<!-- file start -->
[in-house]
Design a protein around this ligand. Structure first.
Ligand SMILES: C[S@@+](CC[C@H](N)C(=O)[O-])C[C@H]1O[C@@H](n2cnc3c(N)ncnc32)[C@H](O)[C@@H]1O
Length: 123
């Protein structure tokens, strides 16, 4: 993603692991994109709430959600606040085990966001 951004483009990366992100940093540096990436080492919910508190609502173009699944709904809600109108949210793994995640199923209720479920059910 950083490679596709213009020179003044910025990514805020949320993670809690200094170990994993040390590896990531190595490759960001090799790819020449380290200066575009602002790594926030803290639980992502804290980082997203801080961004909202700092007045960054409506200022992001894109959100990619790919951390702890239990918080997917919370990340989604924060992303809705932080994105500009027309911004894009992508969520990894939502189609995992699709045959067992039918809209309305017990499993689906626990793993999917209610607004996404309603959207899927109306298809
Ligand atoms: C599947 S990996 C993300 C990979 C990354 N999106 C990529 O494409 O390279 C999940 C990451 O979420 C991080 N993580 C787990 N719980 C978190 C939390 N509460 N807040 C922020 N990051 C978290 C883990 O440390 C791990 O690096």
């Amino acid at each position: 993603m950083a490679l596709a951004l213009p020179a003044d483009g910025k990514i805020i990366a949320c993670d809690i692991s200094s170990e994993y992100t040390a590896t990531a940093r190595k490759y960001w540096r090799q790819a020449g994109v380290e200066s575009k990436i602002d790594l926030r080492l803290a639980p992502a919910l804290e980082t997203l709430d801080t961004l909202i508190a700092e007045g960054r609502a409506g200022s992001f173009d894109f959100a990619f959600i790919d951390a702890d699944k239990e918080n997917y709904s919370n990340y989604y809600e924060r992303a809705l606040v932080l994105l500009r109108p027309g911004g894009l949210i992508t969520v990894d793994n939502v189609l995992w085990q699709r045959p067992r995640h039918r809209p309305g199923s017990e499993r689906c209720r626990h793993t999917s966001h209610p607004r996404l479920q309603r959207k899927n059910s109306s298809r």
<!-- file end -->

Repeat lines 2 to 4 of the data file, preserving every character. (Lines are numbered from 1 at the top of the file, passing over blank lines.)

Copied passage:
Design a protein around this ligand. Structure first.
Ligand SMILES: C[S@@+](CC[C@H](N)C(=O)[O-])C[C@H]1O[C@@H](n2cnc3c(N)ncnc32)[C@H](O)[C@@H]1O
Length: 123